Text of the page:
When Should I Water My Japanese Laurel?
Introduction
Timely and appropriate watering is crucial for the overall health and growth of japanese laurel. The moisture level in the soil and the physical state of the plant provide valuable information about when to water japanese laurel. Understanding and responding to these signs ensures that japanese laurel stays healthy and thrives.
Soil Dryness
One of the most obvious signs that japanese laurel needs watering is when the top layer of soil appears dry and crumbly. Insert your finger about an inch into the soil; if it's dry at that depth, japanese laurel needs water. Avoid watering when the soil is still moist as it may lead to root rot.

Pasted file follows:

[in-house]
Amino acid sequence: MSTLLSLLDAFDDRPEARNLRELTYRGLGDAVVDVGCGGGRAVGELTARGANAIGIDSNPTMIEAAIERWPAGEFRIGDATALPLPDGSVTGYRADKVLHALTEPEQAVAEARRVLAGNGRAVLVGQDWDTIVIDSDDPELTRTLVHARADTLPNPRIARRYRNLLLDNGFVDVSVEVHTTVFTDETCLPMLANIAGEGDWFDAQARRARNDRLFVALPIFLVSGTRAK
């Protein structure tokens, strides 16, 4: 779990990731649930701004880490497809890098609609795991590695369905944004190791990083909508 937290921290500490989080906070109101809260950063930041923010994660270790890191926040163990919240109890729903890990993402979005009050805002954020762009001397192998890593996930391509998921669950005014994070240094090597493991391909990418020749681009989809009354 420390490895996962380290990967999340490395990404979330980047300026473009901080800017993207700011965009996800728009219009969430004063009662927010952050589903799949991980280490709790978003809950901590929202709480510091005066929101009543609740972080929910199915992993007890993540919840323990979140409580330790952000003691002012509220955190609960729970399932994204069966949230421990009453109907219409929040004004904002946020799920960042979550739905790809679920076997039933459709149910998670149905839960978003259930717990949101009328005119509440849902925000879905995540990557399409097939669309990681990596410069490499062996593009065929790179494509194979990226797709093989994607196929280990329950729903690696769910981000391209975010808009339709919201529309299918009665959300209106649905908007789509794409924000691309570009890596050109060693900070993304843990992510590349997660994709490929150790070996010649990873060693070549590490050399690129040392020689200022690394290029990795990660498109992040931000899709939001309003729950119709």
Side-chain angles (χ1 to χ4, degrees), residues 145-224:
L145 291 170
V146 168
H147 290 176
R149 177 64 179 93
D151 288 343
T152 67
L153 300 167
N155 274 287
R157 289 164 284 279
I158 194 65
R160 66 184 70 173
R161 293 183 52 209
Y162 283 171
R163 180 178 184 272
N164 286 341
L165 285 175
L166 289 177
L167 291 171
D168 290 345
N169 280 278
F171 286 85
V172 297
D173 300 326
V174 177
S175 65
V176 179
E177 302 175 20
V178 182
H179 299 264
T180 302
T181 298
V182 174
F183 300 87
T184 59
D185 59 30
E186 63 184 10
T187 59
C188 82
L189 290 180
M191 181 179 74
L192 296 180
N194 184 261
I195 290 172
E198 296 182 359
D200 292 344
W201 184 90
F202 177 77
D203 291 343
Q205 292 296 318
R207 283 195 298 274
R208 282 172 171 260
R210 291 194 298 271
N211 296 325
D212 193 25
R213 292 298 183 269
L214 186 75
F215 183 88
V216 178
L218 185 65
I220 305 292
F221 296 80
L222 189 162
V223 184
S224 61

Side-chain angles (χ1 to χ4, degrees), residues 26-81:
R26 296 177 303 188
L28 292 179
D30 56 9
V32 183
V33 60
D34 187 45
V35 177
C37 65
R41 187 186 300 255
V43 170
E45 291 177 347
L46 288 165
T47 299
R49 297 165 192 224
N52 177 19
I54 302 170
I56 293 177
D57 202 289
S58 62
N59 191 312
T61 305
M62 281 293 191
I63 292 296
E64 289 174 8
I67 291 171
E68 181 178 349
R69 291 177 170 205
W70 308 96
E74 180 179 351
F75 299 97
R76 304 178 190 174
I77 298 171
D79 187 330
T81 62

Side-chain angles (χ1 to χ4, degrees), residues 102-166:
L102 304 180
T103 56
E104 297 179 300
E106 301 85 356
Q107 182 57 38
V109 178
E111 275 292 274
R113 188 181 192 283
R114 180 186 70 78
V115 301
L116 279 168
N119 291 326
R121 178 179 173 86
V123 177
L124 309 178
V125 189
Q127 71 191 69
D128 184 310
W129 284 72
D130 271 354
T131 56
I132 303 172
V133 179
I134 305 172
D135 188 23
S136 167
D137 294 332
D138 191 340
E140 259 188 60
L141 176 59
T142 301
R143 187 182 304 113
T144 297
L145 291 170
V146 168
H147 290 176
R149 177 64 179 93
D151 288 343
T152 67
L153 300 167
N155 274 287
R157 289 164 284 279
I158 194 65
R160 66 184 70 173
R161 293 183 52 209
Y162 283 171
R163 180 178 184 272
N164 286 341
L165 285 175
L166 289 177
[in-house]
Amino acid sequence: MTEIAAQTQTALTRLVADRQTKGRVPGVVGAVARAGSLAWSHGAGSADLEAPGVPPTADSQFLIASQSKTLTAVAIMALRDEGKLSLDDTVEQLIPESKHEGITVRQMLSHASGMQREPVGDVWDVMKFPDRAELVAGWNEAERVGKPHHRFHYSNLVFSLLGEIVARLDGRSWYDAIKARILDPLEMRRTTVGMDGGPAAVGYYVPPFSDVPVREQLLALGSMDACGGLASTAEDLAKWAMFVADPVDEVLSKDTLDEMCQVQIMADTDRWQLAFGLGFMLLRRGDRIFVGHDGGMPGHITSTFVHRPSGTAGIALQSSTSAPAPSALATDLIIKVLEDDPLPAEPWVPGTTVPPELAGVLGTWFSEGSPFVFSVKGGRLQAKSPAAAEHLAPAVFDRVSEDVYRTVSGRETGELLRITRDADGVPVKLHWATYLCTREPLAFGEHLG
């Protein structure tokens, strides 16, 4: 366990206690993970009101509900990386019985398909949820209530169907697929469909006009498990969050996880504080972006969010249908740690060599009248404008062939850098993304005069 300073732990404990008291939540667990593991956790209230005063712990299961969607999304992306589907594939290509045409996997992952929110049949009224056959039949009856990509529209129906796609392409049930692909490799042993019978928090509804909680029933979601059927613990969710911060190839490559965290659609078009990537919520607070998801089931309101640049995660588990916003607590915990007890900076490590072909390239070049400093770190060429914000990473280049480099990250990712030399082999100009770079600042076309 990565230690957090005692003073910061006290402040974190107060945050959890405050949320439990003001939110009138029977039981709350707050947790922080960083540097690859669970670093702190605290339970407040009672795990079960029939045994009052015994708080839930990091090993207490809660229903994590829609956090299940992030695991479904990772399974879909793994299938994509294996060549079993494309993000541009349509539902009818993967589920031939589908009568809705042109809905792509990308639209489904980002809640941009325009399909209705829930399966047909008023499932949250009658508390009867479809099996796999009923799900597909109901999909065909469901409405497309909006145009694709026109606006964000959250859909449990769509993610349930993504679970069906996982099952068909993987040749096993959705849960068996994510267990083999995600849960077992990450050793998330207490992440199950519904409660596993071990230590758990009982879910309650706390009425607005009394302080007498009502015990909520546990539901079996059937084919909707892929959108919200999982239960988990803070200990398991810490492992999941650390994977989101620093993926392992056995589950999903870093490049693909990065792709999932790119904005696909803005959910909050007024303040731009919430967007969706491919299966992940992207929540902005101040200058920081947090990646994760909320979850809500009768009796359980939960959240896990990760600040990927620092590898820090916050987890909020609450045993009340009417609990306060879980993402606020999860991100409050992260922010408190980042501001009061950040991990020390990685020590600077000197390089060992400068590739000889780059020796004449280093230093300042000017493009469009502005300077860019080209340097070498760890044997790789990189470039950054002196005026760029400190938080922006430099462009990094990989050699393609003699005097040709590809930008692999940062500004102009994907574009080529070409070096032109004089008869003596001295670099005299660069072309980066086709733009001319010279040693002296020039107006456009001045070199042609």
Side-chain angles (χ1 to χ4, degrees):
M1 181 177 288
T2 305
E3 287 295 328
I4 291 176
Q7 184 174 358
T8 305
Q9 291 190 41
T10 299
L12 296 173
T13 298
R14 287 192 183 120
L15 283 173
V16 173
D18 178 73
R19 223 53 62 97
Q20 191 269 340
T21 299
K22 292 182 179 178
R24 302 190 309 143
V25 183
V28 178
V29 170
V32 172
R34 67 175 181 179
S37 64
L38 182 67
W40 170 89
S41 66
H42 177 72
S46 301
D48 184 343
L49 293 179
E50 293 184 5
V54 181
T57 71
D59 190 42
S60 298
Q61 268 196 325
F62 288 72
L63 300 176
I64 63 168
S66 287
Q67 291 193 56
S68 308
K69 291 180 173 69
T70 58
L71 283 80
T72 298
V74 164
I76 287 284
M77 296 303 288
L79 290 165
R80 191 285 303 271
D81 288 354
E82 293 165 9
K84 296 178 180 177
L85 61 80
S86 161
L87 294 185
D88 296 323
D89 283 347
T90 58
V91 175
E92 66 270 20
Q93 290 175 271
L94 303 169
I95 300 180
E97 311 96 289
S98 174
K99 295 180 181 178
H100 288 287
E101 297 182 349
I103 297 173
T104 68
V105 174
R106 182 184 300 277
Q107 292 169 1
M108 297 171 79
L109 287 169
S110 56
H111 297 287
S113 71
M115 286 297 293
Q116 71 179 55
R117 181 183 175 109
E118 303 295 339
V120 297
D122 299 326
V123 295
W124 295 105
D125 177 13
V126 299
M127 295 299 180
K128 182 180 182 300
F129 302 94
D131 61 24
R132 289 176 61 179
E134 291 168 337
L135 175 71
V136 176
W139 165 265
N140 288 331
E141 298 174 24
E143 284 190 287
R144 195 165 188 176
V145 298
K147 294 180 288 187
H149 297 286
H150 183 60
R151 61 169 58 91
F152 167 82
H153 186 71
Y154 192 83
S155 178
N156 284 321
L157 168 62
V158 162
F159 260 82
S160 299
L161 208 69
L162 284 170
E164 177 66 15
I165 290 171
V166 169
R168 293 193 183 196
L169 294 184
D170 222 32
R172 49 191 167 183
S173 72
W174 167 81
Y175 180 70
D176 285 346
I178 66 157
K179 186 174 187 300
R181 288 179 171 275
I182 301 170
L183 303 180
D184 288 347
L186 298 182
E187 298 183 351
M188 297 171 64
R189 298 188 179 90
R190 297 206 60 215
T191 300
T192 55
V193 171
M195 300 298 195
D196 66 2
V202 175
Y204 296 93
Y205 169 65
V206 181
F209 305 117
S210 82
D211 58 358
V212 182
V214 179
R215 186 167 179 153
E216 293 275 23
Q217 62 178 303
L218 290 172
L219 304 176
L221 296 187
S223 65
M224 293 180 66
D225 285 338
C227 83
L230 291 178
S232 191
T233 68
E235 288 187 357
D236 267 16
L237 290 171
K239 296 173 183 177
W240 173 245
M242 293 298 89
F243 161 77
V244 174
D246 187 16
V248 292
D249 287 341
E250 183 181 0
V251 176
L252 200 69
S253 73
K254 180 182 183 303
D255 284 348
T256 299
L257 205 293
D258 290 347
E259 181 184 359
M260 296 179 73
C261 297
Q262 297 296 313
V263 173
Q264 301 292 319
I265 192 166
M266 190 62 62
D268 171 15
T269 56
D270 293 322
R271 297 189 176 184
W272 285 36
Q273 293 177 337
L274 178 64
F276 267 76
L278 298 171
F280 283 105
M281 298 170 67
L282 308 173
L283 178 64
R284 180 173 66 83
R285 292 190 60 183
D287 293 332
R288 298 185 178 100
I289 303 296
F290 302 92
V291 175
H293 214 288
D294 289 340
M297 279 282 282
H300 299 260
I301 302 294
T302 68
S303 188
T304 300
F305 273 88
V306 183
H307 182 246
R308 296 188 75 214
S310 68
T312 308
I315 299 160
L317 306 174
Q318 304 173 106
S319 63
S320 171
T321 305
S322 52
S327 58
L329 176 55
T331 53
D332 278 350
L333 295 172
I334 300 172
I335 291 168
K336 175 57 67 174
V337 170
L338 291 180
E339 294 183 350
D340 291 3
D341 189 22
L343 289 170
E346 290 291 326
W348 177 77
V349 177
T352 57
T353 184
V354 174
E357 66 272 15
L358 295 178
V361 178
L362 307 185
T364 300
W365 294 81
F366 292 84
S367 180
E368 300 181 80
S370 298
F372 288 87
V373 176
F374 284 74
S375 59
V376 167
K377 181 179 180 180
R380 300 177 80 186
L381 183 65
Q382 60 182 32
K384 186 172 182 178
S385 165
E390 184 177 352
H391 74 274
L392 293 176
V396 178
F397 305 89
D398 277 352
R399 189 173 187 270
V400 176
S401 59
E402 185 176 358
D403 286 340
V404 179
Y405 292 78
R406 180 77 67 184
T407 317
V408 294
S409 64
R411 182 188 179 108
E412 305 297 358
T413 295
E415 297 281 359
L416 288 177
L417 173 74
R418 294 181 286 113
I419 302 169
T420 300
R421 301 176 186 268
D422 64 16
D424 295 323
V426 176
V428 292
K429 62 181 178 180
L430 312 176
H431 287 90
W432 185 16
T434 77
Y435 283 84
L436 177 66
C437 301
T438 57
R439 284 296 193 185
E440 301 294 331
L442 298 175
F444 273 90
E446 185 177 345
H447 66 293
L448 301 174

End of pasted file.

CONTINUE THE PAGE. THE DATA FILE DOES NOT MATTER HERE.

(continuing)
Leaf Drooping
Drooping or wilting leaves are an indication that japanese laurel is not getting enough water. The leaves of japanese laurel naturally point upward, so if they start to wilt or hang down, it's likely time to water the plant. However, ensure not to confuse this with natural wilting in direct sunlight; move japanese laurel to a shady spot and observe for changes.
Leaf Color
Color changes are another critical indicator of dehydration in japanese laurel. The leaves should be a glossy, green color. If the leaves start turning yellow or gold, it shows japanese laurel needs watering. However, if the leaves show dark or black blotches, it could signal overwatering.
Slow Growth or Dropped Leaves
If you notice that japanese laurel is not growing as quickly as usual or is dropping leaves, it might not be receiving enough water. On the other hand, excessive watering can result in the same symptoms.
Risk and Consequences